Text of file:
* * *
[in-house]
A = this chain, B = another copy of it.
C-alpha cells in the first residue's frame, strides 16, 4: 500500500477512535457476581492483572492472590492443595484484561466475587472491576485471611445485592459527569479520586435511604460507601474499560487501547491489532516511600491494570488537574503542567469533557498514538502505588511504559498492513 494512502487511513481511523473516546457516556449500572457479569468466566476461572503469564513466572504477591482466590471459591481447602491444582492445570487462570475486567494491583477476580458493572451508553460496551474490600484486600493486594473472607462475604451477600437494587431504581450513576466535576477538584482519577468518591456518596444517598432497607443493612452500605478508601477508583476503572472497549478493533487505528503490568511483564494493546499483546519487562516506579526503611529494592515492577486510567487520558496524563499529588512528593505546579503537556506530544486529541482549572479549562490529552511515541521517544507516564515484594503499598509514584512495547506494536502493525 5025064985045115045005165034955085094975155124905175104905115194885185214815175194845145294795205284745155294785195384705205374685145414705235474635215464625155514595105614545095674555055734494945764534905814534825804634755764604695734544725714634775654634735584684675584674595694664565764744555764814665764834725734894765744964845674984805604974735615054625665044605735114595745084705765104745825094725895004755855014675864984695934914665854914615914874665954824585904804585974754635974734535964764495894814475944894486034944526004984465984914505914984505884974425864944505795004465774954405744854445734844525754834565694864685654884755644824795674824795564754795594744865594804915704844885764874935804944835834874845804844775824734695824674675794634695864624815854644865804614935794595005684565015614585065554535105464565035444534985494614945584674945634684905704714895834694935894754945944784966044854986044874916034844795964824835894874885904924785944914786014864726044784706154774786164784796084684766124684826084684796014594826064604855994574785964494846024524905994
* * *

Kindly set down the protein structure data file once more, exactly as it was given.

[in-house]
A = this chain, B = another copy of it.
C-alpha cells in the first residue's frame, strides 16, 4: 500500500477512535457476581492483572492472590492443595484484561466475587472491576485471611445485592459527569479520586435511604460507601474499560487501547491489532516511600491494570488537574503542567469533557498514538502505588511504559498492513 494512502487511513481511523473516546457516556449500572457479569468466566476461572503469564513466572504477591482466590471459591481447602491444582492445570487462570475486567494491583477476580458493572451508553460496551474490600484486600493486594473472607462475604451477600437494587431504581450513576466535576477538584482519577468518591456518596444517598432497607443493612452500605478508601477508583476503572472497549478493533487505528503490568511483564494493546499483546519487562516506579526503611529494592515492577486510567487520558496524563499529588512528593505546579503537556506530544486529541482549572479549562490529552511515541521517544507516564515484594503499598509514584512495547506494536502493525 5025064985045115045005165034955085094975155124905175104905115194885185214815175194845145294795205284745155294785195384705205374685145414705235474635215464625155514595105614545095674555055734494945764534905814534825804634755764604695734544725714634775654634735584684675584674595694664565764744555764814665764834725734894765744964845674984805604974735615054625665044605735114595745084705765104745825094725895004755855014675864984695934914665854914615914874665954824585904804585974754635974734535964764495894814475944894486034944526004984465984914505914984505884974425864944505795004465774954405744854445734844525754834565694864685654884755644824795674824795564754795594744865594804915704844885764874935804944835834874845804844775824734695824674675794634695864624815854644865804614935794595005684565015614585065554535105464565035444534985494614945584674945634684905704714895834694935894754945944784966044854986044874916034844795964824835894874885904924785944914786014864726044784706154774786164784796084684766124684826084684796014594826064604855994574785964494846024524905994